There are, however, some sites that feature the Jacht, or Jagt as in Danish. The most interesting site is the one documenting the restoration of the Jagt 'Jensine af Haderslev' (Haderslev, South Jutland) from 1852. Many photographs show original details and the steps of reconstructing unsound or missing parts: www.jensine.dk.

A replica of a Danish Jagt has been constructed at the museum shipyard of Flensburg on the basis of the lines of the DE FIRE BRØDRE (1794), whose lines are reproduced in NIELSEN (1973). Unfortunately, their Web-site does not give any details on this project beyond the launch that took place in 2009. Pictures of her construction can be seen here: http://www.arbeitskreis-historischer-schiffbau.de/ontour/reise/flenswerft/flenswerft1.htm.

The Altonaer Museum in Hamburg has a fine collection of models of small 19th century merchant ships. These models were constructed in 1/24 scale between 1909 and 1912 from plans in the museum collection and plans on loan from various shipyards of the region (TIMMERMANN, 1974) by a boatbuilder, a blockmaker and a sailmaker. While these models are not contemporary to their prototypes, their builders were presumably close enough to the time to have reproduced reasonably well the then current practices of construction and rigging. Below are detail pictures of the Schlup ELBE (1836).

Model of the Schlup ELBE (1836) in 1/24 scale. Built by D. Behrens in Schulau (near Hamburg) for Hans Oestmann.
She was 24 Commerzlasten/50RT big (Inv. Nr. AB 1813, Altonaer Museum, Hamburg)


CHAPMAN, H. AF (1768): Architectura Navalis Mercatoria.- 103 pp., Rostock (Reprint 1968 at VEB Verlag Hinstorff).

FLEISCHFRESSER, K., HOFFMANN, R. (1975): Segler von Haff und Bodden. Pommersche Küstenschiffahrt.- 96 pp., Hamburg-Norderstedt (Verlag Egon Heinemann).

[FRIIS-PEDERSEN, J.] (1980): Sejlskibe - Danskbyggede traeskibbe opmålt, tegnet og fotograferet.- Handels- og Søfahrtsmuseets på Kronborg Søhistoriske Skrifter IX: 107 pp., København (Høst & Søn).

[FRIIS-PEDERSEN, J.] (1983): Sejlskibe - Nordiske fartøjer opmålt, tegnet og fotograferet.- Handels- og Søfahrtsmuseets på Kronborg Søhistoriske Skrifter XI: 96 pp., København (Høst & Søn).

FUNCH, D.H. (1833-34): Praktisk Skibbyggerie. Et Forsøg.- 76 folding lithographed plates, including 28 in full color & many others tinted or heightened in color. 76 pp., 1 leaf of errata; 64 pp.; 223, [4] pp., 1 leaf of errata. Three parts in one vol., Kjøbenhavn (Luno & Schneider).

FUNCH, D.H. (1843): Afhandlig af coffardiskibets constructionen. Et Forsøg.- 2 bd. (6) + 74 + (2) +92 pp., 17 fold. plancher, 9 tabeller og 3 blade med forklarende tekst, Kjøbenhavn (trykt paa Forfatterens Forlag).

FUNCH, D.H. (1846): Dansk Marine-Ordbog, 1ste Part.- 170 pp. + 67 Pl., Kjøbenhavn (Forfatterens Forlag, reprint 1976 by Høst & Søn, Copenhagen).

GØTHCHE, M. (1980): Sluppen Ruth – rapport om restaurering af Nationalmuseets slup..- Maritim Kontakt, 1: 59-77, København.

KLAWITTER, K.G. (1835): Vorlegeblätter für Schiff-Bauer für die Königlichen Schiffbau-Schulen.- 40 pp., Berlin (Petsch, reprint 1978 by H. Hamecher, Kassel).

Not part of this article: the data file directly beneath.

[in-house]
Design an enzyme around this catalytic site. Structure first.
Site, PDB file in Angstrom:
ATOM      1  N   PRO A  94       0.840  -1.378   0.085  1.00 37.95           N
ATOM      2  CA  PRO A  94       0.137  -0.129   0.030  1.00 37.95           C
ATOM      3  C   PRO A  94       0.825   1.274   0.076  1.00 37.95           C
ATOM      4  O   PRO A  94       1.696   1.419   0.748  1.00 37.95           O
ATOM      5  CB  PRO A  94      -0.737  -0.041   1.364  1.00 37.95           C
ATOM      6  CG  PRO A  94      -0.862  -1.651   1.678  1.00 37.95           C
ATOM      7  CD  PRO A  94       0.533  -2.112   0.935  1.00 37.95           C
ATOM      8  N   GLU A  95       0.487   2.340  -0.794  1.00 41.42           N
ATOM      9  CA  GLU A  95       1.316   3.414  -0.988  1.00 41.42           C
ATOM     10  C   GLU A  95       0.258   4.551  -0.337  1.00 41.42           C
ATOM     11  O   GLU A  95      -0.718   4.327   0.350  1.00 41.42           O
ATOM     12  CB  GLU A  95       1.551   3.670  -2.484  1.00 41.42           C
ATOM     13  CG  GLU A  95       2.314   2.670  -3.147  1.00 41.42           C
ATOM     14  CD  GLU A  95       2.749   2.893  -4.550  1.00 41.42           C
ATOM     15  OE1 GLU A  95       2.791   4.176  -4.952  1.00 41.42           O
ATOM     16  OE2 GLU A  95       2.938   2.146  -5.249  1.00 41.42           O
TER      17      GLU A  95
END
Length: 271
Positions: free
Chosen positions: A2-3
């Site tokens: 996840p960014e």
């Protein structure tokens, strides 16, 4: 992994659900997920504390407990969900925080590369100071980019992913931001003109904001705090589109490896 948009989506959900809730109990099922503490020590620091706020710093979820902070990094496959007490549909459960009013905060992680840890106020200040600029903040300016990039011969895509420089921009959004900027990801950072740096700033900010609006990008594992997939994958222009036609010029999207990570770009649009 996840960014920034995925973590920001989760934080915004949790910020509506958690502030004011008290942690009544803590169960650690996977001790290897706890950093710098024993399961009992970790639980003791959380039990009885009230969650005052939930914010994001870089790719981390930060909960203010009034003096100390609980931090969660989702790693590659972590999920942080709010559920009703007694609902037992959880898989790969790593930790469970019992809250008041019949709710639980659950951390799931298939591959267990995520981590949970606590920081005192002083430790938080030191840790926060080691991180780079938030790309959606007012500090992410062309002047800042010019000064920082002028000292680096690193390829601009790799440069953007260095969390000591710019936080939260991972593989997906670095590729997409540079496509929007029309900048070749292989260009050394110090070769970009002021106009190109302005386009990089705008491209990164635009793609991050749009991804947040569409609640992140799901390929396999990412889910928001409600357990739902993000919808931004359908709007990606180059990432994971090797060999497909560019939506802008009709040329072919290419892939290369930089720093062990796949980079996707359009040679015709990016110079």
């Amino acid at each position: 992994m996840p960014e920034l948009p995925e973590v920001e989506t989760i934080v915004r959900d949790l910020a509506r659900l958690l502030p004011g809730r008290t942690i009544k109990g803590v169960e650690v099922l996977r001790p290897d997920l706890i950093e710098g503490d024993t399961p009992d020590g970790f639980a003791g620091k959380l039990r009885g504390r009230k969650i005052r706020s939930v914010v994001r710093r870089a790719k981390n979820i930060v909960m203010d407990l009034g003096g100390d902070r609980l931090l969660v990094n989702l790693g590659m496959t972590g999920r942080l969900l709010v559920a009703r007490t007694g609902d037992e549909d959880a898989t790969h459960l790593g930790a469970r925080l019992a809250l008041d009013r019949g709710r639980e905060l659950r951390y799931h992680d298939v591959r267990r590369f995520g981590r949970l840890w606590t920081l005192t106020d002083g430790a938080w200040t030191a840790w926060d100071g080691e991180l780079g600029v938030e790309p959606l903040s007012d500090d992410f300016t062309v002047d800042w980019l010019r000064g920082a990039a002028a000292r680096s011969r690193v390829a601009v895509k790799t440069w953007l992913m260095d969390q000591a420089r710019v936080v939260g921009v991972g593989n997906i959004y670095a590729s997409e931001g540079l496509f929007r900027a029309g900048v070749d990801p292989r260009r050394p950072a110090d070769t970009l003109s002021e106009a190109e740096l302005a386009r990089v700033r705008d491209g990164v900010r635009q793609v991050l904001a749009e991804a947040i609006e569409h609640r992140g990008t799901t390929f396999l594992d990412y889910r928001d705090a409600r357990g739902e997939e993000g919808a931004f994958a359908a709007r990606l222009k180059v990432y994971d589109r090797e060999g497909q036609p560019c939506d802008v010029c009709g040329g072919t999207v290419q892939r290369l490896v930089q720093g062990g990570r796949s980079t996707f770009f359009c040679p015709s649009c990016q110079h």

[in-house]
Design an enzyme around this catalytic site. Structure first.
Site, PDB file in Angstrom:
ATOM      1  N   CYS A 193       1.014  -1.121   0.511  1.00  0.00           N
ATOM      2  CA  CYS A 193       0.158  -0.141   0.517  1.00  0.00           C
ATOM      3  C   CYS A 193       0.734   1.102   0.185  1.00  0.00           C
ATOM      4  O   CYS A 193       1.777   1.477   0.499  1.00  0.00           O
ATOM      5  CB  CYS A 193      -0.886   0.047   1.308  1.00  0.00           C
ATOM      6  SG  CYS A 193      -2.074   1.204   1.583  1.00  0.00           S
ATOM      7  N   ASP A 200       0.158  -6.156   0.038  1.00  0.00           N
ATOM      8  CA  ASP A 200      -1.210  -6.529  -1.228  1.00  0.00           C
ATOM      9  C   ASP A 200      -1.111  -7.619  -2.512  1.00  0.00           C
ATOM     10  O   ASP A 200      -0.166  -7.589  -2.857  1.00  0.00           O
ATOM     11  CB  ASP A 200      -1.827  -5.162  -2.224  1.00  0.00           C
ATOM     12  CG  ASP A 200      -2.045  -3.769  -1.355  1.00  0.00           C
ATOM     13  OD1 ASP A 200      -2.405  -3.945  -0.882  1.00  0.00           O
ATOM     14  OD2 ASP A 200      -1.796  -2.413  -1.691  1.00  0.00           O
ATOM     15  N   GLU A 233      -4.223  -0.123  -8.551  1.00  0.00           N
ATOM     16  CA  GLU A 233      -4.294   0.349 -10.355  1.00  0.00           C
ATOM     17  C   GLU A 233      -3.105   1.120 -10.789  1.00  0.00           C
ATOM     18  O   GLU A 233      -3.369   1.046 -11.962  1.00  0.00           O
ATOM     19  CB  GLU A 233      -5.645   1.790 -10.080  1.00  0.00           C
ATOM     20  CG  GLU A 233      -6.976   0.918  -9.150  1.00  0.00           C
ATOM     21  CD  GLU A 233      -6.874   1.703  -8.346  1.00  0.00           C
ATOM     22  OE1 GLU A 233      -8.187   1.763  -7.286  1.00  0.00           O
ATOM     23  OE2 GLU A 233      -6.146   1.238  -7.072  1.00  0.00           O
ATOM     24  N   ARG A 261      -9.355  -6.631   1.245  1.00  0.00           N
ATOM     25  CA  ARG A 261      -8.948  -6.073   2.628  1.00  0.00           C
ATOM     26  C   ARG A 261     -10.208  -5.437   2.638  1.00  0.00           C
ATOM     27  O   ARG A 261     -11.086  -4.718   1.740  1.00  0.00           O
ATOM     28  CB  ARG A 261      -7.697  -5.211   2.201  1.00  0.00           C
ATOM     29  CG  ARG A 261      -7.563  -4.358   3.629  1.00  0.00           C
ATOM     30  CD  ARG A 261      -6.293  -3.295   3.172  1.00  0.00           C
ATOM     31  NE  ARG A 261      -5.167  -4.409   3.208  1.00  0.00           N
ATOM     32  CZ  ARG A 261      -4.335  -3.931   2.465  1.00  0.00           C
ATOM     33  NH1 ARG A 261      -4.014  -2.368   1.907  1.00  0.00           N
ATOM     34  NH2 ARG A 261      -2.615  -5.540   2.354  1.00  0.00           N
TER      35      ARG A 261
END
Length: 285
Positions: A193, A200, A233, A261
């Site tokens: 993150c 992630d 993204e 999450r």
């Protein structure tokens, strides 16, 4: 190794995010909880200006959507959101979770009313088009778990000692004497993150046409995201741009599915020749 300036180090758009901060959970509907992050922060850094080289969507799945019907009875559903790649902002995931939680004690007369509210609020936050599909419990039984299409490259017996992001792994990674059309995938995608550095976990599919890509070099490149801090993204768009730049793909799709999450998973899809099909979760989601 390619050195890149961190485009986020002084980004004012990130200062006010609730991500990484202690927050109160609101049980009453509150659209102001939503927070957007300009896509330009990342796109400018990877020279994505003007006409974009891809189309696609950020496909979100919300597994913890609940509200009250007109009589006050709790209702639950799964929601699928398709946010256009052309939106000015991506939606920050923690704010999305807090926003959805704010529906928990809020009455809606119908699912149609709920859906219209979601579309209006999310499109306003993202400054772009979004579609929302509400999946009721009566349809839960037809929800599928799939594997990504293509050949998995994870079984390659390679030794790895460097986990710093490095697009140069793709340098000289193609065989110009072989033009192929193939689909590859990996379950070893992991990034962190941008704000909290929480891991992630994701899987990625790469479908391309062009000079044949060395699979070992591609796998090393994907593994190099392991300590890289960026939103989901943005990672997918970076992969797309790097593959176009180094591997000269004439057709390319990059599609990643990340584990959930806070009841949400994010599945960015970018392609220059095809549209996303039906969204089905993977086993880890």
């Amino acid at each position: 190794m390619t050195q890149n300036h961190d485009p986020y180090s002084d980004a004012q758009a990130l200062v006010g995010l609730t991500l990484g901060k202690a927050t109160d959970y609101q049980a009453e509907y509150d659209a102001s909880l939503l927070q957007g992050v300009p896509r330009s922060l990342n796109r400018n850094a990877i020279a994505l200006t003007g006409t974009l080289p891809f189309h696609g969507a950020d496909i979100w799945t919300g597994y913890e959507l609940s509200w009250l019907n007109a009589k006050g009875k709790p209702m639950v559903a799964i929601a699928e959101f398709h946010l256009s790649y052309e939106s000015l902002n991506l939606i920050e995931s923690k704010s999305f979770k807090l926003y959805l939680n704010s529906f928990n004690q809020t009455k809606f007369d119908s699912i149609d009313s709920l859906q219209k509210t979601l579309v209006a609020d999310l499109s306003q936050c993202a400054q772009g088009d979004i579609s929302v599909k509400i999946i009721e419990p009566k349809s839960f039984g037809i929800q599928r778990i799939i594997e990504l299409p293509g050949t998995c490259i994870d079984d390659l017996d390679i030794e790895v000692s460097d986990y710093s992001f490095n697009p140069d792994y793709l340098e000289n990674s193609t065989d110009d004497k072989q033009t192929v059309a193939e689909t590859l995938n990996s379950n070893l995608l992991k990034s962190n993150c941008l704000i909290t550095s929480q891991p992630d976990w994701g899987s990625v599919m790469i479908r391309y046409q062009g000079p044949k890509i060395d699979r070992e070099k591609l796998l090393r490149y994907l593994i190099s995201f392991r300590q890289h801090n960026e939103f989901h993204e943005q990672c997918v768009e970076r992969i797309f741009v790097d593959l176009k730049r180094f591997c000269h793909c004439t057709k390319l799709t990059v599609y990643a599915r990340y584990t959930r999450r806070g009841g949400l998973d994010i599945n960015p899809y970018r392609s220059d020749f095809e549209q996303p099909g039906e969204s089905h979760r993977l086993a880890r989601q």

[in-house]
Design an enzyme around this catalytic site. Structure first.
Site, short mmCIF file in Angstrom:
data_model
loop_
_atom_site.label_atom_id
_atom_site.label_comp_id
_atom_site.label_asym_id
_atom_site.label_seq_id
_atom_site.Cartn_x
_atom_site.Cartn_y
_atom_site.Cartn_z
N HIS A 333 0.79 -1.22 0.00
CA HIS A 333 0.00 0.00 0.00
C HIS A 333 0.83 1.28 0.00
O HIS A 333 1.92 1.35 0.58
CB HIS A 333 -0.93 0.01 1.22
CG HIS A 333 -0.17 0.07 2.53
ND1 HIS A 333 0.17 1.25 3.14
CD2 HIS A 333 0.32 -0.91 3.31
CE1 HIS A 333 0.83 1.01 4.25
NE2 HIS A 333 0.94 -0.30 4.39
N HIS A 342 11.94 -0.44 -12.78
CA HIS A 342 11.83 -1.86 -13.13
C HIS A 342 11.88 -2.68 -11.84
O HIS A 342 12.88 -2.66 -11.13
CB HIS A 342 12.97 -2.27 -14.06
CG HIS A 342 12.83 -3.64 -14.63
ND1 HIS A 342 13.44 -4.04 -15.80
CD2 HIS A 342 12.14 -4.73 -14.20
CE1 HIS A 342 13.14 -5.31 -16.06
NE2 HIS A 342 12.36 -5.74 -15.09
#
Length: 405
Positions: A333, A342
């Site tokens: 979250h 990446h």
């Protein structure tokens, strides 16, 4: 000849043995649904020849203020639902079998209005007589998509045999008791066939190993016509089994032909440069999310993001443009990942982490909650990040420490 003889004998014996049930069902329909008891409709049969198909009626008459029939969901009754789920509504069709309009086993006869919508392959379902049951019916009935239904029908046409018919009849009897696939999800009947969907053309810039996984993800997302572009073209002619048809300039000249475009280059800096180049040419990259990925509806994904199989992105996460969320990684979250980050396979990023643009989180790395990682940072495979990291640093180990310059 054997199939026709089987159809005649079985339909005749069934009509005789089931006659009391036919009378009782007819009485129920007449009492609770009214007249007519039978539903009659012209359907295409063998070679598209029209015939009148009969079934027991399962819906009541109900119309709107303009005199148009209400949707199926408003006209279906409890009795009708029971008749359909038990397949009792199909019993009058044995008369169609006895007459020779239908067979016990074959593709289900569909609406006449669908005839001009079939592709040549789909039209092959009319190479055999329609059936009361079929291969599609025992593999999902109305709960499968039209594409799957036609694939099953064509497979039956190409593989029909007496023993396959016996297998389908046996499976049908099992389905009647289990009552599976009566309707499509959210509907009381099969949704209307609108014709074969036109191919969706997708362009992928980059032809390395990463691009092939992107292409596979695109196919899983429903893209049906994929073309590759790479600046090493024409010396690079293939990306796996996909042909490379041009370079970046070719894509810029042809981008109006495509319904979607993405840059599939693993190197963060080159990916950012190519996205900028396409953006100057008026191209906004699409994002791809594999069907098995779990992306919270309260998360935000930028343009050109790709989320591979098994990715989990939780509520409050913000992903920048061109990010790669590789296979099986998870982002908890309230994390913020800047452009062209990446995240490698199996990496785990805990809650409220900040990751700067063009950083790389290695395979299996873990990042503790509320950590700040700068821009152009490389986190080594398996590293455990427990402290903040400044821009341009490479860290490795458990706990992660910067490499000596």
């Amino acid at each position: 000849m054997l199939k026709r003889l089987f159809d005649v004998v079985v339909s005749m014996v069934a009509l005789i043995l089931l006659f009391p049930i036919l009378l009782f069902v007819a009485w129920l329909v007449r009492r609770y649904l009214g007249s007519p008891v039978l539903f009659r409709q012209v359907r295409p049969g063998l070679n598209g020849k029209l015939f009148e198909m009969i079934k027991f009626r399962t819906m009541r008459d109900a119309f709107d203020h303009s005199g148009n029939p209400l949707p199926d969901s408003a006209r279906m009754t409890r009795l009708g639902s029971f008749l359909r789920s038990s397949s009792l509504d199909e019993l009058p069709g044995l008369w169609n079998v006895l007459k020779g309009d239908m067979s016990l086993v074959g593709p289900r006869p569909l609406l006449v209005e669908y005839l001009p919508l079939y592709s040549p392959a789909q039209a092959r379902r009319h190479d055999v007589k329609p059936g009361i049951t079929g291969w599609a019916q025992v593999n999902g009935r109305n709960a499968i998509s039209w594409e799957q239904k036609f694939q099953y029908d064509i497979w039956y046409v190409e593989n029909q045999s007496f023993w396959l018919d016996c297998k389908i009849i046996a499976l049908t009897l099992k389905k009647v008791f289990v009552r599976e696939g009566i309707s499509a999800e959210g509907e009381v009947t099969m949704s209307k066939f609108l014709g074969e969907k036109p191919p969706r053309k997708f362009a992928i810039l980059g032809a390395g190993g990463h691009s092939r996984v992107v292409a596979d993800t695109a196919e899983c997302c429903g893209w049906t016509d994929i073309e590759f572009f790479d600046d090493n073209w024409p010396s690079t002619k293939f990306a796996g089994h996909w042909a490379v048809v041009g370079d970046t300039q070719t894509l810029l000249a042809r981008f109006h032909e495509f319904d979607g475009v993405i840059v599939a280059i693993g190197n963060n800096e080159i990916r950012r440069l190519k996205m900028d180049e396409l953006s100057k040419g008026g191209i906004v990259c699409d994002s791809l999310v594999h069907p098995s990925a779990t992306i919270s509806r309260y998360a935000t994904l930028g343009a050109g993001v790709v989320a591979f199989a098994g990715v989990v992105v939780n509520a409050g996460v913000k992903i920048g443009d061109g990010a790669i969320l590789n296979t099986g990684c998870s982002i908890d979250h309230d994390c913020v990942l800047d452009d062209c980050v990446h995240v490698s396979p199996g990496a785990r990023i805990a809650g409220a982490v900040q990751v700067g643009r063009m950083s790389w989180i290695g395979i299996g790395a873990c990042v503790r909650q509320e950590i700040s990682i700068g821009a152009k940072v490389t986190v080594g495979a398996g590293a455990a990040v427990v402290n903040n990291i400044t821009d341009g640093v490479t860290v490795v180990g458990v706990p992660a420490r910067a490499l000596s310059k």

MONRAD MØLLER, A. (1988): Jagt og skonnert. Studier i den danske provinssøfart i tiden fra 1814 til 1864.- 273 p., København (Forlaget Falcon).

NIELSEN, C. (1973): Danske Bådtyper.- 152 pp., København (Høst and Søns Forlag).

RUDOLPH, W. (1958): Die letzten hölzernen Frachtfahrzeuge der kleinen Küstenfahrt auf Rügen (m. Pers.-Literaturangaben u. Abb.).- Balt. Stud., NF, 45: 137-43.

RUDOLPH, W. (1958): Die Schiffstypen der ländlichen Frachtschiffahrt in den Gewässern der Insel Rügen.- Dt. Jb. f. Volksk., IV: , Berlin (Ost).

RUDOLPH, W. (1962): Rügischer Schiffbau auf den Werften zu Seedorf.- Greifswald-Stralsunder Jb.: ?.

RUDOLPH, W. (1966): Handbuch der volkstümlichen Boote im östlichen Niederdeutsch-land.- 150 pp., Berlin (Akademie Verlag).

RUDOLPH, W. (1967): ?.- Ethnogr. Archäolog. Z., 8: ?.

RUDOLPH, W. (1969): Segelboote der deutschen Ostseeküste.- 145 pp., Berlin (Akademie Verlag).

RUDOLPH, W. (1974): Boot – Schiffe – Flöße.- Zürich/Leipzig.

RUDOLPH, W. (1974): Inshore Fishing Craft of the Southern Baltic from Hostein to Curonia.- National Maritime Museum Monographs and Reports, 14: 32 pp., Greenwich (NMM).

STEINHAUS, C.F. (1858): Die Schiffbaukunst in ihrem ganzen Umfange – I. Theil: Die Theorie der Schiffbaukunst, II. Theil: Die Schiffbaukunst in der Praktik.- 158+170 pp. + 4 Tafeln, Hamburg (P. Salomon & Co., reprint 1977 by Horst Hamecher, Kassel).

STEINHAUS, C.F. (1869): Die Construction und Bemastung der Segelschiffe.- 137 pp., Hamburg (L. Friedrichsen & Co., reprint 1977 by Horst Hamecher, Kassel).

SZYMANSKI, H. (1929): Zur Geschichte der schleswig-holsteinischen Jachten im 19. Jahrhundert.- Der Kleinschiffbau – Z. f. Gebrauchs- u. Sportfahrzeuge aller Art, ?: 209f., Berlin.

SZYMANSKI, H. (1929): Die Segelschiffe der deutschen Kleinschiffahrt.- Pfingstblätter des Hansischen Geschischtsvereins, Bl. XX, 81+XXI pp., Hamburg.

SZYMANSKI, H. (1934): Deutsche Segelschiffe.- Veröff. Inst. f. Meereskunde, N.F. B, H. 10: 167 pp. + 92 Taf., Berlin.

TIMMERMANN, G. (1974): Das Schiffbauhandwerk.- Schausammlungen des Altonaer Museums, H. 1: 93 p., Hamburg (Altonaer Museum).